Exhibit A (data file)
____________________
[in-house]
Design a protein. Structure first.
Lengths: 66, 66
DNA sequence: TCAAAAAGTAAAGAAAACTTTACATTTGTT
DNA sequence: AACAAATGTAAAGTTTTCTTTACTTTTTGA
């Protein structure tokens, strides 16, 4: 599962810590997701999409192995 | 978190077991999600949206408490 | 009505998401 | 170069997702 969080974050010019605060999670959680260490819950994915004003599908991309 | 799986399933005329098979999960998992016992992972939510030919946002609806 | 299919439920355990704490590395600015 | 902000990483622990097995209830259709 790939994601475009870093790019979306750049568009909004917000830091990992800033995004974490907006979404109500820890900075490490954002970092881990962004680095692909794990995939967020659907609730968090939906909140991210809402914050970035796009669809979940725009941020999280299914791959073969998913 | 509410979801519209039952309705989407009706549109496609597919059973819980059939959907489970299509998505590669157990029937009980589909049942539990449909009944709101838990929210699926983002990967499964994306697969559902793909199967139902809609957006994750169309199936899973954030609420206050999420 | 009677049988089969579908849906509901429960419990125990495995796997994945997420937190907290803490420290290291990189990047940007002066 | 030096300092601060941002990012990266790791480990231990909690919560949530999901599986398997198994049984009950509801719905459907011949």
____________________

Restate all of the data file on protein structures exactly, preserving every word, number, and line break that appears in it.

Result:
[in-house]
Design a protein. Structure first.
Lengths: 66, 66
DNA sequence: TCAAAAAGTAAAGAAAACTTTACATTTGTT
DNA sequence: AACAAATGTAAAGTTTTCTTTACTTTTTGA
């Protein structure tokens, strides 16, 4: 599962810590997701999409192995 | 978190077991999600949206408490 | 009505998401 | 170069997702 969080974050010019605060999670959680260490819950994915004003599908991309 | 799986399933005329098979999960998992016992992972939510030919946002609806 | 299919439920355990704490590395600015 | 902000990483622990097995209830259709 790939994601475009870093790019979306750049568009909004917000830091990992800033995004974490907006979404109500820890900075490490954002970092881990962004680095692909794990995939967020659907609730968090939906909140991210809402914050970035796009669809979940725009941020999280299914791959073969998913 | 509410979801519209039952309705989407009706549109496609597919059973819980059939959907489970299509998505590669157990029937009980589909049942539990449909009944709101838990929210699926983002990967499964994306697969559902793909199967139902809609957006994750169309199936899973954030609420206050999420 | 009677049988089969579908849906509901429960419990125990495995796997994945997420937190907290803490420290290291990189990047940007002066 | 030096300092601060941002990012990266790791480990231990909690919560949530999901599986398997198994049984009950509801719905459907011949």